Nancy Pelosi Mocked for Erroneous Tweet Saying Trump Must Prove His Innocence at Trial

The former House speaker is being compared to the Queen of Hearts in ‘Alice’s Adventures in Wonderland,’ who famously said ‘sentence first, verdict afterwards.’

Via Wikimedia Commons
Sir John Tenniel's illustration of 'The Queen's Croquet-Ground' in ‘Alice's Adventures in Wonderland,’ detail. Via Wikimedia Commons

A former Democratic speaker of the House, Nancy Pelosi, turned the presumption of innocence on its head in a recent tweet about President Trump. She is now earning a rebuke from Twitter and providing a warning about letting passions rule rather than the law.

“The Grand Jury has acted upon the facts and the law,” Mrs. Pelosi tweeted, adding, “No one is above the law,” a scold that I predicted we’d hear in an earlier Sun column that listed the many — including members of Congress — who are, in fact, given Get Out of Jail Free cards.

“Everyone has the right to a trial to prove innocence,” Mrs. Pelosi said, prompting a Fox Business host and writer, David Asman, to call the statement “revealing” for illustrating how those Mr. Trump has driven mad as hatters would deny him rights enjoyed by even the worst criminals.

In 1865, Lewis Carroll published his farce, “Alice’s Adventures in Wonderland.” In it, as soon as the White Rabbit finishes outlining the charges against Alice, the King of Hearts demands the jury begin deliberations.

“Not yet!” the Rabbit says. “There’s a great deal to come before that!” The trial concludes and the King again commands, “Let the jury consider their verdict,” prompting an objection from the Queen of Hearts, who has moved the goalposts once again. “No, no!” she says, “Sentence first, verdict afterwards.”

That’s the message of Mrs. Pelosi’s tweet, which Twitter rebuked with “added context” from readers — though in America, there is no “context” where “innocent until proven guilty” is reversed.

Twitter’s note reads: “Ms. Pelosi mistakenly says that Trump can prove his innocence at trial. Law in the U.S. assumes the innocence of a defendant and the prosecution must prove guilt for a conviction.” These are enumerated in the Fifth, Sixth, and 14th Amendments, and were confirmed by the Supreme Court in 1895’s Coffin v. U.S.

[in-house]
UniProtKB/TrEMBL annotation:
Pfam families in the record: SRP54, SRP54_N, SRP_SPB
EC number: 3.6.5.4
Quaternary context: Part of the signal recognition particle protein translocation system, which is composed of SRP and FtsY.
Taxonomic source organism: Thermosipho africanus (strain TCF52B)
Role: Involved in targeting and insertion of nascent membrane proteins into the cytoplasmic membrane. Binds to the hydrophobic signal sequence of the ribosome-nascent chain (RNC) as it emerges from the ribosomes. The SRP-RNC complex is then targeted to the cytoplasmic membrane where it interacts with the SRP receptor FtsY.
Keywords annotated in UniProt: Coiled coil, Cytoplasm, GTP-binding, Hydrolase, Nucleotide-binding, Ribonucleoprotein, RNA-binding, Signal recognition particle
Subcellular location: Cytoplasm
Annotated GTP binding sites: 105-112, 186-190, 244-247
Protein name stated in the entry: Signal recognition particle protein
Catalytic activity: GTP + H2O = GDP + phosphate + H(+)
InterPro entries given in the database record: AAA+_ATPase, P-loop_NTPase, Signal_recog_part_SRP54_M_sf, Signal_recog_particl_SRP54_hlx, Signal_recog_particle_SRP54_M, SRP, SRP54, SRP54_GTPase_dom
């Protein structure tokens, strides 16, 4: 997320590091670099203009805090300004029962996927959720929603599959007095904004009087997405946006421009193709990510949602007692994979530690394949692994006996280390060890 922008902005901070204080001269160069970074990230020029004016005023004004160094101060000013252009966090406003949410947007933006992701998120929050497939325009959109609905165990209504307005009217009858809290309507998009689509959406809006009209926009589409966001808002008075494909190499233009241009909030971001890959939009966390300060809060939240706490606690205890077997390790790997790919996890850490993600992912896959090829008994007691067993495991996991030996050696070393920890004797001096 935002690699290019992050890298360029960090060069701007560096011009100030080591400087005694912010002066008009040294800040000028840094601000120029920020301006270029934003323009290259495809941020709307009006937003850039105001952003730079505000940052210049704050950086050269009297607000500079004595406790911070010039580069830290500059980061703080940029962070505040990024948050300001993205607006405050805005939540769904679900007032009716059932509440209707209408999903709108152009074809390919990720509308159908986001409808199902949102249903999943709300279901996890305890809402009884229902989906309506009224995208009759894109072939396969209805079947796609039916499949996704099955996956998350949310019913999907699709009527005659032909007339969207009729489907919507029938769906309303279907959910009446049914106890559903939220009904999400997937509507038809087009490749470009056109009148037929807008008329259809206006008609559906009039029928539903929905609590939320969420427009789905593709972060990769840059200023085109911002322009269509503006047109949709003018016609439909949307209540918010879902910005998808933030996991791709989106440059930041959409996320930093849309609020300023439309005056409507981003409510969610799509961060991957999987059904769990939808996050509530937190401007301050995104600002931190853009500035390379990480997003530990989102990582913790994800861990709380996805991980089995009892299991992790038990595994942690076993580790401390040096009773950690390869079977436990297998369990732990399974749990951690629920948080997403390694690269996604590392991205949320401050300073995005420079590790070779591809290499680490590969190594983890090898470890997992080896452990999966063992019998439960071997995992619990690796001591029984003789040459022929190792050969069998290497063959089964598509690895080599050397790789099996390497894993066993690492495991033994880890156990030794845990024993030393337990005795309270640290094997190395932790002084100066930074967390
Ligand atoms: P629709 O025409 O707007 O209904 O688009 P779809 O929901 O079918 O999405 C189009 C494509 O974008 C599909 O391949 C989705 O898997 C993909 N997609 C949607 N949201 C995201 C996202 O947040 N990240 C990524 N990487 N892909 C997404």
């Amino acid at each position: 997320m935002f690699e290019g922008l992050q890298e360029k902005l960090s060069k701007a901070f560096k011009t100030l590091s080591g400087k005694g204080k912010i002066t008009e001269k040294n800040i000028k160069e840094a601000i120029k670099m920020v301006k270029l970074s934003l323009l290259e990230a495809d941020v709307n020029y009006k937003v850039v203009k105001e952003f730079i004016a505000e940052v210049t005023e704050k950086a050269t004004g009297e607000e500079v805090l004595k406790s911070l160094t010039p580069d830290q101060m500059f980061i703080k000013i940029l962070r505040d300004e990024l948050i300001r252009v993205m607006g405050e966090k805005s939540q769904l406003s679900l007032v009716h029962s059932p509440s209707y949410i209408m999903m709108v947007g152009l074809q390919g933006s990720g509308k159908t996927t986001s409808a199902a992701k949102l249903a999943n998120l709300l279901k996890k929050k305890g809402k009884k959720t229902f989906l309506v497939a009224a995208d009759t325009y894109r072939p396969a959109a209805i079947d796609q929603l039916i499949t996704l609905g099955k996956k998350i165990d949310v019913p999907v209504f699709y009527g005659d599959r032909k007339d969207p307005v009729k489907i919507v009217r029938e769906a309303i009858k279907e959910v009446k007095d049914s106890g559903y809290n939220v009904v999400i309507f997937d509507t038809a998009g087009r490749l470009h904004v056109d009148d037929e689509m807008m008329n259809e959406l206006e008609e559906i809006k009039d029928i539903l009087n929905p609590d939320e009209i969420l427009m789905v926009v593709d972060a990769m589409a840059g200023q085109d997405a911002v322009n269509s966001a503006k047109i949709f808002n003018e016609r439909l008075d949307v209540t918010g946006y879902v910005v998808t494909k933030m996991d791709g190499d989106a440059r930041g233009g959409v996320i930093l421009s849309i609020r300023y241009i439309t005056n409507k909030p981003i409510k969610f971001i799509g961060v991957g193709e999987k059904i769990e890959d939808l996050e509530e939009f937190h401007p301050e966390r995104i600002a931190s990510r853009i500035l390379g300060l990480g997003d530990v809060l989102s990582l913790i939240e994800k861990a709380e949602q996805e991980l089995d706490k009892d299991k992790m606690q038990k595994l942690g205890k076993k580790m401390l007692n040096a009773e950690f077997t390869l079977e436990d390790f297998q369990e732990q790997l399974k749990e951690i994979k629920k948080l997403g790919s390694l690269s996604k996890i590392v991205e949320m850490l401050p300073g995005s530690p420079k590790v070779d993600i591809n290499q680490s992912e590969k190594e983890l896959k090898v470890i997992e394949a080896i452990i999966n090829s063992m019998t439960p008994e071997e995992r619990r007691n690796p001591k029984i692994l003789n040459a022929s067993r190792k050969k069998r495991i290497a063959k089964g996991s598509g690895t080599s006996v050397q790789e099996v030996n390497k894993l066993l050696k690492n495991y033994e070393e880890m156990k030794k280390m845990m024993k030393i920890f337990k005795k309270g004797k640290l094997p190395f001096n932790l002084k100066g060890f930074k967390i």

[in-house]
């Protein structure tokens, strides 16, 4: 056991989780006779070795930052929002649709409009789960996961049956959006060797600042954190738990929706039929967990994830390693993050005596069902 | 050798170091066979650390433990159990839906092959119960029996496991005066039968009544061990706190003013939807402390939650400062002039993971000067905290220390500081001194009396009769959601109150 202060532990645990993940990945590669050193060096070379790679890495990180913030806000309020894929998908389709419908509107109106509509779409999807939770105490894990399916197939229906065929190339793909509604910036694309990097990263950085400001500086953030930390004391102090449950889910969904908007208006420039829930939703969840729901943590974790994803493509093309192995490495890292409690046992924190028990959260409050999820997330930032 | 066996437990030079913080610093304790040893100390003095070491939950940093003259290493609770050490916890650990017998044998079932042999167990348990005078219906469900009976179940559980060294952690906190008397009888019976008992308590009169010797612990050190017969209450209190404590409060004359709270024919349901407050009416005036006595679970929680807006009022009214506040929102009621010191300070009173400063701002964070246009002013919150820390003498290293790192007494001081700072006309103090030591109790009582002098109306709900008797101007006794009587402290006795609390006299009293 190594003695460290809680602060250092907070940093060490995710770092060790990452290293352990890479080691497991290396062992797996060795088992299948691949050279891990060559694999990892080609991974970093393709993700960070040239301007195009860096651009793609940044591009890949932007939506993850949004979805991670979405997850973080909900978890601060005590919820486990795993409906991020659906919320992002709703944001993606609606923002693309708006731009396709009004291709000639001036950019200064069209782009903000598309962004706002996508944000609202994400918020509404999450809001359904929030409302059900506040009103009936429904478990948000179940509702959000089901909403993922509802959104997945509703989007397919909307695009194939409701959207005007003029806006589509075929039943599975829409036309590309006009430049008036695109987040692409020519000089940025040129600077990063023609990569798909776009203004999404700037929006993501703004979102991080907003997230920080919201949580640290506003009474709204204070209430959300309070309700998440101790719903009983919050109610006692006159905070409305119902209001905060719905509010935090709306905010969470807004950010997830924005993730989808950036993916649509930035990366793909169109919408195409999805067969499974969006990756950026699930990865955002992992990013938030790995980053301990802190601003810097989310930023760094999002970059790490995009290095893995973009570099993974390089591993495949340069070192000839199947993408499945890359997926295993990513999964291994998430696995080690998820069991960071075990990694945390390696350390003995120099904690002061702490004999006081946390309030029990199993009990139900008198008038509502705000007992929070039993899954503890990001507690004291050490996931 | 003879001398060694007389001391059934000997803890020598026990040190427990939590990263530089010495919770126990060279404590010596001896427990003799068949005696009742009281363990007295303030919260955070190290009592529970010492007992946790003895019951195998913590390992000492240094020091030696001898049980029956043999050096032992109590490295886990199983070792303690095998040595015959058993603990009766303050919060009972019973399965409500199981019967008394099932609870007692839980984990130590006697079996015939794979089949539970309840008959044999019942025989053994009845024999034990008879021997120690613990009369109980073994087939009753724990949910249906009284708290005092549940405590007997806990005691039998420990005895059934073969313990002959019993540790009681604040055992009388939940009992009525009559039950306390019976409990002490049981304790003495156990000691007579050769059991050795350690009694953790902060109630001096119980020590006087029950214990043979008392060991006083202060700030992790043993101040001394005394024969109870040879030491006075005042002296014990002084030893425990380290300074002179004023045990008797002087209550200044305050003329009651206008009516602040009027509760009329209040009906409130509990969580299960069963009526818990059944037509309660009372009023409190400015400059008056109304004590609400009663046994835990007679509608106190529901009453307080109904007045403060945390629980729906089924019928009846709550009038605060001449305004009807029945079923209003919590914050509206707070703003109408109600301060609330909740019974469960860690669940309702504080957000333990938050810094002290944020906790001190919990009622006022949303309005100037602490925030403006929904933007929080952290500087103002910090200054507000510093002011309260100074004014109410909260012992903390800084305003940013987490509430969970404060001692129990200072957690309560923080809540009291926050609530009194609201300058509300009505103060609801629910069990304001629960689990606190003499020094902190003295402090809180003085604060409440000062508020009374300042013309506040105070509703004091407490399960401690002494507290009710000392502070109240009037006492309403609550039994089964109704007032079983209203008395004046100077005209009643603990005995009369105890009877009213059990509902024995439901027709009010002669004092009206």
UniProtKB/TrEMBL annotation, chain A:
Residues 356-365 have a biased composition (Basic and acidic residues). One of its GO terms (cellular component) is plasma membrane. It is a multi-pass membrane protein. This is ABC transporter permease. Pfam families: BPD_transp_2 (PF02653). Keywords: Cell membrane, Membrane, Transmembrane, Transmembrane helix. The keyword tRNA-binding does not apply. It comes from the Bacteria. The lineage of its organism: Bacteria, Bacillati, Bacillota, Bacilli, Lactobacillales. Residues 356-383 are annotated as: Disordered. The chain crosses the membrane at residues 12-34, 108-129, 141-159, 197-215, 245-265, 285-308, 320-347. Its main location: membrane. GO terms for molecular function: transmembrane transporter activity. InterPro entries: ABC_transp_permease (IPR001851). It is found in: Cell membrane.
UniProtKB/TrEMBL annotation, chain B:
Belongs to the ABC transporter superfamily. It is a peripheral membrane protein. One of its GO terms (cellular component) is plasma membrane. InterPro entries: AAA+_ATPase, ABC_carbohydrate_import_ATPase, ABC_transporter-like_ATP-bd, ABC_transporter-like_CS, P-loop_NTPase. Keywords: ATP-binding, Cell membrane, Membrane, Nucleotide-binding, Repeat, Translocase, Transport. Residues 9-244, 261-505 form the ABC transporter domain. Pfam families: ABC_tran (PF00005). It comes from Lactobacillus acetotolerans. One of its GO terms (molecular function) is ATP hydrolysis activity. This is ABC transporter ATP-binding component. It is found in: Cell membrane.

“Hopefully,” Mrs. Pelosi’s tweet also read, “the former president will peacefully respect the system, which grants him that right.” Again, that’s not how America works. “The system” does not grant our liberties; the Declaration of Independence states that citizens are “endowed by their Creator” with them.

This is why those rights are described as “inalienable” in the Declaration, meaning they cannot be separated from the individual by man or mob. God installs them standard at the factory.

Instead of holding “these truths to be self-evident,” sentiments like Mrs. Pelosi’s are more in line with the head of the USSR’s secret police, Lavrentiy Beria. While rooting out opponents of a Soviet dictator, Joseph Stalin, Beria said, “Show me the man and I’ll show you the crime.”

Disliking people — even those who deserve disdain — cannot lead us to void their rights. “Whoever fights monsters,” as Friedrich Nietzsche said, “should see to it that, in the process, he does not become a monster.”

The dictator of Nazi Germany was indeed a monster, yet America did not need to become Adolf Hitler to defeat him. On the contrary, we provided his minions a defense at Nuremberg, showcasing for the world a democratic contrast to the show trials the regime had held in that very city.

Closer to home and our time is President Nixon. “Always remember,” he said in his farewell to the White House staff, “others may hate you, but those who hate you don’t win unless you hate them, and then you destroy yourself.” 

With these reflections, the deeper importance of Twitter rebuking Mrs. Pelosi emerges as about far more than her or Mr. Trump. It’s a warning to all who would join a mob: The rights you rip from someone else today may be stripped with greater ease from you tomorrow.

As the Sun wrote after reports of Mr. Trump’s indictment leaked Thursday, this may be “a case not of the former president being above the law, but below the law.” If that comes to pass, it will be one small step to shredding the Constitution and one giant leap to a day where “sentence first, verdict afterwards” becomes the norm, reducing us all to mere subjects of a dystopian Wonderland.

The New York Sun

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